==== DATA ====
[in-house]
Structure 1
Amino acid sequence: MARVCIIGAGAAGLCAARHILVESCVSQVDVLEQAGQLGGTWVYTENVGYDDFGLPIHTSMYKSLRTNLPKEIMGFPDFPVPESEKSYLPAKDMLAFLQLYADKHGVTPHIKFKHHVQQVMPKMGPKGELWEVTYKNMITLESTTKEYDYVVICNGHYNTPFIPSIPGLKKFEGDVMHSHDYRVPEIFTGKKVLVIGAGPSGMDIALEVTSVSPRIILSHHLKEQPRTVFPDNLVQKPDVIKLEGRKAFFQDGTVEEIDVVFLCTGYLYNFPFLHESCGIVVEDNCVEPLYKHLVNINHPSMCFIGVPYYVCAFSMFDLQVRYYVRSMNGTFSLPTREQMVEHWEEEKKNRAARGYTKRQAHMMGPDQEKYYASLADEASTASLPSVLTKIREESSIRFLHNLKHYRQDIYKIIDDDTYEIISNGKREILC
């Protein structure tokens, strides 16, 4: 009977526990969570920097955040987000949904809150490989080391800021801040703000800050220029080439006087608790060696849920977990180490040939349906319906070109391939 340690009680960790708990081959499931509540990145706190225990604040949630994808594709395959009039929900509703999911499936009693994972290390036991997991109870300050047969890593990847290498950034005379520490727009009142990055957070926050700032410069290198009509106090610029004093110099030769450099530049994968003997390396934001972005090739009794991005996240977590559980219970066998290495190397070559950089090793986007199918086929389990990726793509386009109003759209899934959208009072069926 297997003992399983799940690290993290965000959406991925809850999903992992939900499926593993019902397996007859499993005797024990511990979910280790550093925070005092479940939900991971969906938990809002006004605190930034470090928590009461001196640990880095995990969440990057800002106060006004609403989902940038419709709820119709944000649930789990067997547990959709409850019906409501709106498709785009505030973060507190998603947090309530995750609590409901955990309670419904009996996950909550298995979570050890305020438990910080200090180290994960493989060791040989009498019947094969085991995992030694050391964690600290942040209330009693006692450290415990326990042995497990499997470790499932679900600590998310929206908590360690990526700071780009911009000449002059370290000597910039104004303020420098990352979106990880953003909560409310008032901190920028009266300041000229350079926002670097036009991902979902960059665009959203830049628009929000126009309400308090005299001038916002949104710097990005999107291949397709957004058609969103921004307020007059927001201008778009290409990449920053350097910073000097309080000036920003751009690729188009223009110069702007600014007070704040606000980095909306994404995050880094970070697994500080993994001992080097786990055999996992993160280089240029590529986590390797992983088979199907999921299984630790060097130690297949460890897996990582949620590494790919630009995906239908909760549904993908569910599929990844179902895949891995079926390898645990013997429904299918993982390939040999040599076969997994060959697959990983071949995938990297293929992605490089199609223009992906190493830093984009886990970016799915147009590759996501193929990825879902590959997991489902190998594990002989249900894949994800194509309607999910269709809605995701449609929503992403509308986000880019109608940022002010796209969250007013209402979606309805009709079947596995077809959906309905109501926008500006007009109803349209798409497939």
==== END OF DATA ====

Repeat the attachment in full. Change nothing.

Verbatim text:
[in-house]
Structure 1
Amino acid sequence: MARVCIIGAGAAGLCAARHILVESCVSQVDVLEQAGQLGGTWVYTENVGYDDFGLPIHTSMYKSLRTNLPKEIMGFPDFPVPESEKSYLPAKDMLAFLQLYADKHGVTPHIKFKHHVQQVMPKMGPKGELWEVTYKNMITLESTTKEYDYVVICNGHYNTPFIPSIPGLKKFEGDVMHSHDYRVPEIFTGKKVLVIGAGPSGMDIALEVTSVSPRIILSHHLKEQPRTVFPDNLVQKPDVIKLEGRKAFFQDGTVEEIDVVFLCTGYLYNFPFLHESCGIVVEDNCVEPLYKHLVNINHPSMCFIGVPYYVCAFSMFDLQVRYYVRSMNGTFSLPTREQMVEHWEEEKKNRAARGYTKRQAHMMGPDQEKYYASLADEASTASLPSVLTKIREESSIRFLHNLKHYRQDIYKIIDDDTYEIISNGKREILC
């Protein structure tokens, strides 16, 4: 009977526990969570920097955040987000949904809150490989080391800021801040703000800050220029080439006087608790060696849920977990180490040939349906319906070109391939 340690009680960790708990081959499931509540990145706190225990604040949630994808594709395959009039929900509703999911499936009693994972290390036991997991109870300050047969890593990847290498950034005379520490727009009142990055957070926050700032410069290198009509106090610029004093110099030769450099530049994968003997390396934001972005090739009794991005996240977590559980219970066998290495190397070559950089090793986007199918086929389990990726793509386009109003759209899934959208009072069926 297997003992399983799940690290993290965000959406991925809850999903992992939900499926593993019902397996007859499993005797024990511990979910280790550093925070005092479940939900991971969906938990809002006004605190930034470090928590009461001196640990880095995990969440990057800002106060006004609403989902940038419709709820119709944000649930789990067997547990959709409850019906409501709106498709785009505030973060507190998603947090309530995750609590409901955990309670419904009996996950909550298995979570050890305020438990910080200090180290994960493989060791040989009498019947094969085991995992030694050391964690600290942040209330009693006692450290415990326990042995497990499997470790499932679900600590998310929206908590360690990526700071780009911009000449002059370290000597910039104004303020420098990352979106990880953003909560409310008032901190920028009266300041000229350079926002670097036009991902979902960059665009959203830049628009929000126009309400308090005299001038916002949104710097990005999107291949397709957004058609969103921004307020007059927001201008778009290409990449920053350097910073000097309080000036920003751009690729188009223009110069702007600014007070704040606000980095909306994404995050880094970070697994500080993994001992080097786990055999996992993160280089240029590529986590390797992983088979199907999921299984630790060097130690297949460890897996990582949620590494790919630009995906239908909760549904993908569910599929990844179902895949891995079926390898645990013997429904299918993982390939040999040599076969997994060959697959990983071949995938990297293929992605490089199609223009992906190493830093984009886990970016799915147009590759996501193929990825879902590959997991489902190998594990002989249900894949994800194509309607999910269709809605995701449609929503992403509308986000880019109608940022002010796209969250007013209402979606309805009709079947596995077809959906309905109501926008500006007009109803349209798409497939």